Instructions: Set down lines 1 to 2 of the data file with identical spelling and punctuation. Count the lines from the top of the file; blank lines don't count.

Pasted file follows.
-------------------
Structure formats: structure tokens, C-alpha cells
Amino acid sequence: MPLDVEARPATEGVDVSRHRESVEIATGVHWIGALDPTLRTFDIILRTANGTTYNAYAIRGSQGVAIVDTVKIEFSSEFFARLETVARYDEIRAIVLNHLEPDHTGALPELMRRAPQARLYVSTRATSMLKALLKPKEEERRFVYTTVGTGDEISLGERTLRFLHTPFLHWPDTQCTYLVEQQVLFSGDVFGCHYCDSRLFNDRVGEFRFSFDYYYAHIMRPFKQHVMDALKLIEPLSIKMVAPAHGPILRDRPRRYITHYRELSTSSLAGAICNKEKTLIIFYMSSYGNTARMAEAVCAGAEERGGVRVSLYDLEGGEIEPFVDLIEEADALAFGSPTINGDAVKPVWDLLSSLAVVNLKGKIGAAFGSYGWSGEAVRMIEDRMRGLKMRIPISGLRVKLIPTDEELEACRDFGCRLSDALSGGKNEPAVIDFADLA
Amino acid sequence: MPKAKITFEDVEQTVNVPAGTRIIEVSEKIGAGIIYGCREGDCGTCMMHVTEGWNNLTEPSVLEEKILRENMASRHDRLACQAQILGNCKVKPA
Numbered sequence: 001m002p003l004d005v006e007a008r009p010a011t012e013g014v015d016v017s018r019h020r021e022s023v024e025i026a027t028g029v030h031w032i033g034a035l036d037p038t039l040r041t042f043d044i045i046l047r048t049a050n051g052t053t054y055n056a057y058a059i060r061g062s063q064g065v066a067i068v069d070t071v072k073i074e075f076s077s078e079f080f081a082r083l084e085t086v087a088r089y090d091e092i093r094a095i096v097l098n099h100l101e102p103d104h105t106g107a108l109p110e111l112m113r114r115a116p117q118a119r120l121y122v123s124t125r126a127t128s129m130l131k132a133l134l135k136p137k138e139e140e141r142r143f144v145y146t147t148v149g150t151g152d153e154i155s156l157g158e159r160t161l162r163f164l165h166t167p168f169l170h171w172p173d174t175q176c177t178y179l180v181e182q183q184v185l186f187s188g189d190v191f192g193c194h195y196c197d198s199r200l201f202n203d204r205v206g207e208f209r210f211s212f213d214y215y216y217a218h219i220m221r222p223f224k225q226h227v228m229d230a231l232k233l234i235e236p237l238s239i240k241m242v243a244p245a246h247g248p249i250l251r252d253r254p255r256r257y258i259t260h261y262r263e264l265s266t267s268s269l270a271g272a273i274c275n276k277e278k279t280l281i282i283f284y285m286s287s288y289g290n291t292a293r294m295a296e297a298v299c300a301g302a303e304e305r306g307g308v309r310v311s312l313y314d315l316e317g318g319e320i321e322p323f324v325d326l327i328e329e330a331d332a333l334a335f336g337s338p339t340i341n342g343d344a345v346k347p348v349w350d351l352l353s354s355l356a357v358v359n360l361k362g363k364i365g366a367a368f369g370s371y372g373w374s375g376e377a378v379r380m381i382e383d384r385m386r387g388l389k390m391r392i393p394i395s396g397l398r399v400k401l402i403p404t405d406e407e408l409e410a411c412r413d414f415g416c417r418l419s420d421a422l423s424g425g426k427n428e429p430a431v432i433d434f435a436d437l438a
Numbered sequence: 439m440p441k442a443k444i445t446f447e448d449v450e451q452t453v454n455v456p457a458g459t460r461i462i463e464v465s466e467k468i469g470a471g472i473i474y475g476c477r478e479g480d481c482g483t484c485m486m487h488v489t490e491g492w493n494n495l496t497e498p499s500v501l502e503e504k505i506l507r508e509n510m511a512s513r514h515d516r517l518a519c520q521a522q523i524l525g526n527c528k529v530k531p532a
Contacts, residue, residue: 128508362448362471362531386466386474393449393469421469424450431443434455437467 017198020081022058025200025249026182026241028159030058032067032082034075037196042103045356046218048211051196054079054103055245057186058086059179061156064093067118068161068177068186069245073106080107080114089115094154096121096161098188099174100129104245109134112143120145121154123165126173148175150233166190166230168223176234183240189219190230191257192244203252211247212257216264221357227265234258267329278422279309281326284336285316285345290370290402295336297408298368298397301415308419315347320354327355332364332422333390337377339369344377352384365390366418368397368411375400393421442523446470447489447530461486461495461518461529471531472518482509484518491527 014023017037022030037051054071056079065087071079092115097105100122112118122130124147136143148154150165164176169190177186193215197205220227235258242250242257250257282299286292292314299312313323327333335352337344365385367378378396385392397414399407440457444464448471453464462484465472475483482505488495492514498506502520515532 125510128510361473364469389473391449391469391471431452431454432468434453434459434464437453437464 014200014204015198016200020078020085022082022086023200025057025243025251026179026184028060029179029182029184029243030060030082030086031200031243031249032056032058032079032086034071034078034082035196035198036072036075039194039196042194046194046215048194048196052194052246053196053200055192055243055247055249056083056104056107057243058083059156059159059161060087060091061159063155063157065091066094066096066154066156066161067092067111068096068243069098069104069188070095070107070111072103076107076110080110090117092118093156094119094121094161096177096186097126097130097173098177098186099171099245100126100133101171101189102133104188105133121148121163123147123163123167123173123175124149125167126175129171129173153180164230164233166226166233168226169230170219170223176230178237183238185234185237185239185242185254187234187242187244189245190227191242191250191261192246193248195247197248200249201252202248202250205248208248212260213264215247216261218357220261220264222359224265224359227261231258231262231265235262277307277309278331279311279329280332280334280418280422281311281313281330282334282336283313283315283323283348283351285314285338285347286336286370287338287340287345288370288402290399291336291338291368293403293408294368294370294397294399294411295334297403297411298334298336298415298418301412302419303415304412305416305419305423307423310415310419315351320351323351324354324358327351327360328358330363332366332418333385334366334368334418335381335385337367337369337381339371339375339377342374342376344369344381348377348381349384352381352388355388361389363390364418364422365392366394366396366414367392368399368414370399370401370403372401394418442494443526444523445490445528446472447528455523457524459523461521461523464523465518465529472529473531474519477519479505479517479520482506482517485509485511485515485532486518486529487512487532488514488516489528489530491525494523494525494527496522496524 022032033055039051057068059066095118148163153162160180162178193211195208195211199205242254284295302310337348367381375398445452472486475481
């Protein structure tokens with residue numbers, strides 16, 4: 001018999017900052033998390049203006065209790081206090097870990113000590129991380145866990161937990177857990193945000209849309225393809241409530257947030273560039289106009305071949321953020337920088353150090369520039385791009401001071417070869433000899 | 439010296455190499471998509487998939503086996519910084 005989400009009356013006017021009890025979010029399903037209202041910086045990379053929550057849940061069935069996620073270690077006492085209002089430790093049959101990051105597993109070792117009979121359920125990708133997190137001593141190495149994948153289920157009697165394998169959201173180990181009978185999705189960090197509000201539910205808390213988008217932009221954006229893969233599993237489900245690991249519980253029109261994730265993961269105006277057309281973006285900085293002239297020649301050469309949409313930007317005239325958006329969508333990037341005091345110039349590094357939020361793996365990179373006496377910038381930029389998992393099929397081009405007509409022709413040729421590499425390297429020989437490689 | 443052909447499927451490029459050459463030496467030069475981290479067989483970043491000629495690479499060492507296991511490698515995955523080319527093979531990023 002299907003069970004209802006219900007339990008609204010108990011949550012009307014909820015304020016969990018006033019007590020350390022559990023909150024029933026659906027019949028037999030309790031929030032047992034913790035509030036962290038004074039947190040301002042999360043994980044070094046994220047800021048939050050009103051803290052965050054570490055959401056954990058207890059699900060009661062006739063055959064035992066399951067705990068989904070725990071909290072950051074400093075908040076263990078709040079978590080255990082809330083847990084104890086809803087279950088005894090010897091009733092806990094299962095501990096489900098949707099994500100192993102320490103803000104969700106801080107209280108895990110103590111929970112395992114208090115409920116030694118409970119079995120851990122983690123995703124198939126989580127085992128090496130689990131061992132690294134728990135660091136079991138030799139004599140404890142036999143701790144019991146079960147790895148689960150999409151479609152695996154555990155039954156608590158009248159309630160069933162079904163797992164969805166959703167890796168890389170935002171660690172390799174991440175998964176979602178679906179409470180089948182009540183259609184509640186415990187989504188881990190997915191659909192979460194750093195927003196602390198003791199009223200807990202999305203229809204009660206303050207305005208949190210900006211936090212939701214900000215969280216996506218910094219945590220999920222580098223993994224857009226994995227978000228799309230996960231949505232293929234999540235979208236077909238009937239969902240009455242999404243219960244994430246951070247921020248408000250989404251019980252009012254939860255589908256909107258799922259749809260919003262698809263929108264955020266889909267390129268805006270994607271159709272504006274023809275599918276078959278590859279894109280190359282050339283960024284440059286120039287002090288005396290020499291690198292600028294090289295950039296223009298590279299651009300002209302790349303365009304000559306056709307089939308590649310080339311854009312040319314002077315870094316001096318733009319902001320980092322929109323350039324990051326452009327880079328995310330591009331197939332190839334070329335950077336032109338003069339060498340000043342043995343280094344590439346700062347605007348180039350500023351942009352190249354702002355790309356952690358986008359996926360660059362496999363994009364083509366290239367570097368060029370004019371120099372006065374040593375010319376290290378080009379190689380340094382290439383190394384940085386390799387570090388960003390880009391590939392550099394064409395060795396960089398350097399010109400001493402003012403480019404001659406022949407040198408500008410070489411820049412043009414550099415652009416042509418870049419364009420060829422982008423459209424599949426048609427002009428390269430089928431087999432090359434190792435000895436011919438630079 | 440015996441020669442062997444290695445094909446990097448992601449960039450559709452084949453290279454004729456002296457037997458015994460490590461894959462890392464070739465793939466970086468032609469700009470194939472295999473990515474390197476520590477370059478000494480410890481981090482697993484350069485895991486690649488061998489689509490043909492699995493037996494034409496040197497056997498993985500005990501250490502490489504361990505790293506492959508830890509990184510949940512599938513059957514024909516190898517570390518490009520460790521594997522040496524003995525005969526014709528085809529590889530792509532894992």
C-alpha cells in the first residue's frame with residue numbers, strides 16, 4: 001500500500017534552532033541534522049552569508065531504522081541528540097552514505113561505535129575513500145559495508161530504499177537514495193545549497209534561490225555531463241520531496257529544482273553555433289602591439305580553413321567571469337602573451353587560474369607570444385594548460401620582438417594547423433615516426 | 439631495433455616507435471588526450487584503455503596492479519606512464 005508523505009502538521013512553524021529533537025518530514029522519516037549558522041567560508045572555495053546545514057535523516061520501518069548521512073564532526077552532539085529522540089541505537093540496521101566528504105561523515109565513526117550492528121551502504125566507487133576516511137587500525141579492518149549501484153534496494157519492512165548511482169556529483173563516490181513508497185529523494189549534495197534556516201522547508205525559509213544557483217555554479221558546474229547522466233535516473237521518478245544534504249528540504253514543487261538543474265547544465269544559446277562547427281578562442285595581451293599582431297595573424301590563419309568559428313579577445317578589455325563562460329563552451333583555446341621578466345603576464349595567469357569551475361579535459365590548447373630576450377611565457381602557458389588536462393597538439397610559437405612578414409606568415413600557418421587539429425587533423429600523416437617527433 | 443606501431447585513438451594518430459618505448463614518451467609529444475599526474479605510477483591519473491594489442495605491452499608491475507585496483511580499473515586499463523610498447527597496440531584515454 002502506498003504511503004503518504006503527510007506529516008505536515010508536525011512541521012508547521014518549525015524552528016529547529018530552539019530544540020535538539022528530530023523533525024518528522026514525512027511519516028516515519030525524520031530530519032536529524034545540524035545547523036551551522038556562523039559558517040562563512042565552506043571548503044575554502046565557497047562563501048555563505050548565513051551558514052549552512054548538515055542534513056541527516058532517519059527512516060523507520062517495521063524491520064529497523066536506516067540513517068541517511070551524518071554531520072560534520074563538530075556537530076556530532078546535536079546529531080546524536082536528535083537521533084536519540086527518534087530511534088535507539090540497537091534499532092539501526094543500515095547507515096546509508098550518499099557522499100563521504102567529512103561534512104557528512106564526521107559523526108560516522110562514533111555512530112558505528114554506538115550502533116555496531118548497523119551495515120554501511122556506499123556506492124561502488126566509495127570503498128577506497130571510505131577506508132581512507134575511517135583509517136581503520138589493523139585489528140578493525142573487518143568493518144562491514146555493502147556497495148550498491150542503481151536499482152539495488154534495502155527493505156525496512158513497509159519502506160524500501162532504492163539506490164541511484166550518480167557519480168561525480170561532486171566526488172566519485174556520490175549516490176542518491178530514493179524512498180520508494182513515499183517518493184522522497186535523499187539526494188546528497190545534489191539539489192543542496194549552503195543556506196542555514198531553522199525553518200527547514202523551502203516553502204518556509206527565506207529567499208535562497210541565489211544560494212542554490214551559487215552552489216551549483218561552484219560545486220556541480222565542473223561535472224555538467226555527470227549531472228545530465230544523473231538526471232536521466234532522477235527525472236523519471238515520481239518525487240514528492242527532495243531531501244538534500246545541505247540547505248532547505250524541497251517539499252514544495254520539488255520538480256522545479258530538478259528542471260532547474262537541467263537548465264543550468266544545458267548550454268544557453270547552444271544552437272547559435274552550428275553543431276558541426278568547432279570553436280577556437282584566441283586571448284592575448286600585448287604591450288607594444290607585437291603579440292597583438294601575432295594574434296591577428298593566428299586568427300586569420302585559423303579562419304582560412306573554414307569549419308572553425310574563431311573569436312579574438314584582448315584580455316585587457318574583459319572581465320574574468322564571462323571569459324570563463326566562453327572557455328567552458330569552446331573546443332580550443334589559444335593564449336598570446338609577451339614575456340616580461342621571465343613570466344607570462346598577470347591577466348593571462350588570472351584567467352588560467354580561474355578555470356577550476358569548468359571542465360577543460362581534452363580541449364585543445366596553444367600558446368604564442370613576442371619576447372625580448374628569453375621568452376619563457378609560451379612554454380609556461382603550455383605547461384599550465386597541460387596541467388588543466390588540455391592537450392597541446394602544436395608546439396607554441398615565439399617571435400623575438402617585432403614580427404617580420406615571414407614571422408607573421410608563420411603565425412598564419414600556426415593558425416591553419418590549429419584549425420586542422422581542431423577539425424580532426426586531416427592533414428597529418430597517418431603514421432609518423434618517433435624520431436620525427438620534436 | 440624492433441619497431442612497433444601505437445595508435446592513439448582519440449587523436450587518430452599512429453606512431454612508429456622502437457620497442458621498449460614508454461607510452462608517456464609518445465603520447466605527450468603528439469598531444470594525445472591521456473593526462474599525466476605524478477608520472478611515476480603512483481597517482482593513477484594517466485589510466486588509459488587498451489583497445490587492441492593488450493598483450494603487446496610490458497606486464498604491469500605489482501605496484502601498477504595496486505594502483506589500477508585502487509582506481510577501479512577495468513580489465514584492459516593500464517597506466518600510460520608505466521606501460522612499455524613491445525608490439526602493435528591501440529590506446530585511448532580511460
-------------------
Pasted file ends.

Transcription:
Structure formats: structure tokens, C-alpha cells
Amino acid sequence: MPLDVEARPATEGVDVSRHRESVEIATGVHWIGALDPTLRTFDIILRTANGTTYNAYAIRGSQGVAIVDTVKIEFSSEFFARLETVARYDEIRAIVLNHLEPDHTGALPELMRRAPQARLYVSTRATSMLKALLKPKEEERRFVYTTVGTGDEISLGERTLRFLHTPFLHWPDTQCTYLVEQQVLFSGDVFGCHYCDSRLFNDRVGEFRFSFDYYYAHIMRPFKQHVMDALKLIEPLSIKMVAPAHGPILRDRPRRYITHYRELSTSSLAGAICNKEKTLIIFYMSSYGNTARMAEAVCAGAEERGGVRVSLYDLEGGEIEPFVDLIEEADALAFGSPTINGDAVKPVWDLLSSLAVVNLKGKIGAAFGSYGWSGEAVRMIEDRMRGLKMRIPISGLRVKLIPTDEELEACRDFGCRLSDALSGGKNEPAVIDFADLA